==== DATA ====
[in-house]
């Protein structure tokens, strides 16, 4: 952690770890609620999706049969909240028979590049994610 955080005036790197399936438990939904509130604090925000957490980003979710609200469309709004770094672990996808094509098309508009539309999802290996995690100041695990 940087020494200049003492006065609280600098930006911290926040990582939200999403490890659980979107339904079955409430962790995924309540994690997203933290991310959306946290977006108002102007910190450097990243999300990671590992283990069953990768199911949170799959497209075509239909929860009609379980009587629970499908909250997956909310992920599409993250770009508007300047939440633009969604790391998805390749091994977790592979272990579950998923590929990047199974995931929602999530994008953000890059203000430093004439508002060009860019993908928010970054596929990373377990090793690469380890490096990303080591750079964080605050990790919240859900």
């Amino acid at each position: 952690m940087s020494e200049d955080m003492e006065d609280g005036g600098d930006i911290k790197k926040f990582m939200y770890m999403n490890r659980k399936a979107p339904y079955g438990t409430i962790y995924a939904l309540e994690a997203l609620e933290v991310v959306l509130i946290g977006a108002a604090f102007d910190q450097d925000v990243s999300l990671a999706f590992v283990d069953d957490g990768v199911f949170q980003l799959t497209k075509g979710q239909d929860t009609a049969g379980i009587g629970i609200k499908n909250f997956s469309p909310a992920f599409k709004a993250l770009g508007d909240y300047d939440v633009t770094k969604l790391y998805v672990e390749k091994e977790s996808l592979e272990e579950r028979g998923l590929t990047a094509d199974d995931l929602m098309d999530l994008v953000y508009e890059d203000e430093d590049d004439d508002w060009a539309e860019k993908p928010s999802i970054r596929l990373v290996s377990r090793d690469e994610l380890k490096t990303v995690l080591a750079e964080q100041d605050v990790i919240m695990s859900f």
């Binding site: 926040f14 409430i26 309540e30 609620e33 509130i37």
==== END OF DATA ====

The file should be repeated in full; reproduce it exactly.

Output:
[in-house]
């Protein structure tokens, strides 16, 4: 952690770890609620999706049969909240028979590049994610 955080005036790197399936438990939904509130604090925000957490980003979710609200469309709004770094672990996808094509098309508009539309999802290996995690100041695990 940087020494200049003492006065609280600098930006911290926040990582939200999403490890659980979107339904079955409430962790995924309540994690997203933290991310959306946290977006108002102007910190450097990243999300990671590992283990069953990768199911949170799959497209075509239909929860009609379980009587629970499908909250997956909310992920599409993250770009508007300047939440633009969604790391998805390749091994977790592979272990579950998923590929990047199974995931929602999530994008953000890059203000430093004439508002060009860019993908928010970054596929990373377990090793690469380890490096990303080591750079964080605050990790919240859900």
């Amino acid at each position: 952690m940087s020494e200049d955080m003492e006065d609280g005036g600098d930006i911290k790197k926040f990582m939200y770890m999403n490890r659980k399936a979107p339904y079955g438990t409430i962790y995924a939904l309540e994690a997203l609620e933290v991310v959306l509130i946290g977006a108002a604090f102007d910190q450097d925000v990243s999300l990671a999706f590992v283990d069953d957490g990768v199911f949170q980003l799959t497209k075509g979710q239909d929860t009609a049969g379980i009587g629970i609200k499908n909250f997956s469309p909310a992920f599409k709004a993250l770009g508007d909240y300047d939440v633009t770094k969604l790391y998805v672990e390749k091994e977790s996808l592979e272990e579950r028979g998923l590929t990047a094509d199974d995931l929602m098309d999530l994008v953000y508009e890059d203000e430093d590049d004439d508002w060009a539309e860019k993908p928010s999802i970054r596929l990373v290996s377990r090793d690469e994610l380890k490096t990303v995690l080591a750079e964080q100041d605050v990790i919240m695990s859900f």
């Binding site: 926040f14 409430i26 309540e30 609620e33 509130i37």